Wealth and wage inequality touch on many of my favorite topics: Saving & Investing, Wealth & Wages, Real Estate & Consumer Spending, Behavioral Finance & Cognitive errors. People often make erroneous assumptions about the wealth and/or wage inequality data — they think it is bad, but it’s much worse than they assume (see chart at right). This is a mostly (but not exclusively) American issue; Europe for example has less income and wealth inequality than we do here.
Most of all, it presents an opportunity to think about complex issues from vantage points that include financial, psychology, behavior, policy, even temporal. This is why I am always keen to check out any new analytical tool that gives us a fresh way to analyze the associated data.
The latest such tool comes from the economic trio of Thomas Blanchet, Emmanuel Saez, and Gabriel Zucman of the University of California Berkeley. They have introduced a very interesting new tool: Realtime Inequality. (H/T Paulie the K via Invictus; methodology here)
Let’s use this tool to do a little wage & wealth inequality analysis in real-time:
Confirming my priors, the Realtime Inequality data set and charts show just how lopsided wealth in America actually is; sure, the top 10% and top 1% have seen their wealth increase substantially over the past four decades, but it is almost modest compared to the top 0.1% and 0.01%. Those at the top of the pyramid have seen their fortunes disproportionately soar since the 1980s.
It’s generally well understood that the wealthier you are, the better you have done during the pandemic, since the GFC, or during the 1980s-90s bull market. But most people are not aware of exactly how lopsided those gains are. Consider the top 1% and various tiers in income: The top 1% has seen average income gains of $1.2m versus the top 10% adding $230k and the next 40% adding $33k. But those numbers are rounding errors compared to the income gains of the top 0.1% of $5.8m, and the top 0.01% of $28m.
It is even starker when we compare wealth (typically public stocks and bonds, real estate, alternative investments, and privately held businesses). The top 1% added $16m in wealth over this time period versus the top 10% adding $2.9m and the next 40% adding $240k. Again we see these numbers dwarfed by the wealth gained by the top 0.1% of $89m, and the top 0.01% of $500m.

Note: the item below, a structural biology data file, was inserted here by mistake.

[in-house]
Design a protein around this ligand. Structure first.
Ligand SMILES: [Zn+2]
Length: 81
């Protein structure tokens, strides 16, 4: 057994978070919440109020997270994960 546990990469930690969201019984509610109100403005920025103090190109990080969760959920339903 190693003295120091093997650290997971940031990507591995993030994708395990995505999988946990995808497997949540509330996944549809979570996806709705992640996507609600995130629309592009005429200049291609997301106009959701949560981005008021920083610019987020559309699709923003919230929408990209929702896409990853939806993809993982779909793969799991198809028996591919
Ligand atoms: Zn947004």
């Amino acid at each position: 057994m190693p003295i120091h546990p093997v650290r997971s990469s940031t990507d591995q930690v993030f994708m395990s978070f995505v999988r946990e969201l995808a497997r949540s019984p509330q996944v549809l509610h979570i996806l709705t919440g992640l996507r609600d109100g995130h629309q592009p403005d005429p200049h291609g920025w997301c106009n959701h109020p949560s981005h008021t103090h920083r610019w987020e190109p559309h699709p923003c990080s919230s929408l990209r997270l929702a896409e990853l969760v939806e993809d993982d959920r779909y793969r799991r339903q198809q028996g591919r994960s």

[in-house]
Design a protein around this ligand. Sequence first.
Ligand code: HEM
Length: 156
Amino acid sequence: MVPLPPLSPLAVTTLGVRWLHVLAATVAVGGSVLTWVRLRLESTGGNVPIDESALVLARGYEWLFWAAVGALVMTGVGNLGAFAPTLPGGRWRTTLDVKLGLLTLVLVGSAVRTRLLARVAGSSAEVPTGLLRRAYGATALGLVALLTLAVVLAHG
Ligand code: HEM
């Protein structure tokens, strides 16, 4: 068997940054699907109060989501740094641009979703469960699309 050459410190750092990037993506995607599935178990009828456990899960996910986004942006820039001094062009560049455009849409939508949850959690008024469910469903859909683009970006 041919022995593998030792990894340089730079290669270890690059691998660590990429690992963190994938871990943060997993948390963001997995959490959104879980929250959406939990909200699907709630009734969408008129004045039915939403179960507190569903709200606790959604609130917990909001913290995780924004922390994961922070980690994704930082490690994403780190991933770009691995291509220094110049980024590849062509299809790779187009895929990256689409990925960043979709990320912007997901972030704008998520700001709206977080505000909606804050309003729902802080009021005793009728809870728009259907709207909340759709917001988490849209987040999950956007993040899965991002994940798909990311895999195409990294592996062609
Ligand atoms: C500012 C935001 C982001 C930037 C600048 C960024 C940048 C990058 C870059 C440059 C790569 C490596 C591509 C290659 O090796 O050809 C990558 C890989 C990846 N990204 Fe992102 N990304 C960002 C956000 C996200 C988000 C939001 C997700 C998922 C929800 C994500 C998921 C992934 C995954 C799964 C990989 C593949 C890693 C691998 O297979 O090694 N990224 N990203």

Half a billion in wealth gains on average for people in the top 0.01% is a surprising number:
Compare the wealth gains among different economic tiers since 1981:
Bottom Half = $4.8k
Middle 40% = $240k
Top 10% = $2.9m
Top 1% = $16m
Top 0.1% = $89m
Top 0.01% = $500m
That is pretty astounding.
These are complex issues, and they can be emotional, politicized, and easy to misunderstand. But here is the bottom line: The difference between the top 1% or 10% and the bottom half of the country is relatively modest compared to this new category of super-wealthy. That has ramifications for all of society, whether people believe the nation is on the right track or not, and how policymakers might respond.
Thomas Blanchet, Emmanuel Saez, Gabriel Zucman
Department of Economics | University of California, Berkeley
Wealth Distribution Analysis (July 18, 2019)
Composition of Wealth Differs: Middle Class to the Top 1% (June 5, 2019)
John D. Rockefeller Was Richer – Way Richer – Than You Are… (February 22, 2016)
Are the Poor Better Off Than King Louis XIV? January 16, 2015
Wealth Disparity Expands Further (November 13, 2019)
Wages in America (2013-2021)
Understanding Wealth Comparisons (2004-2020)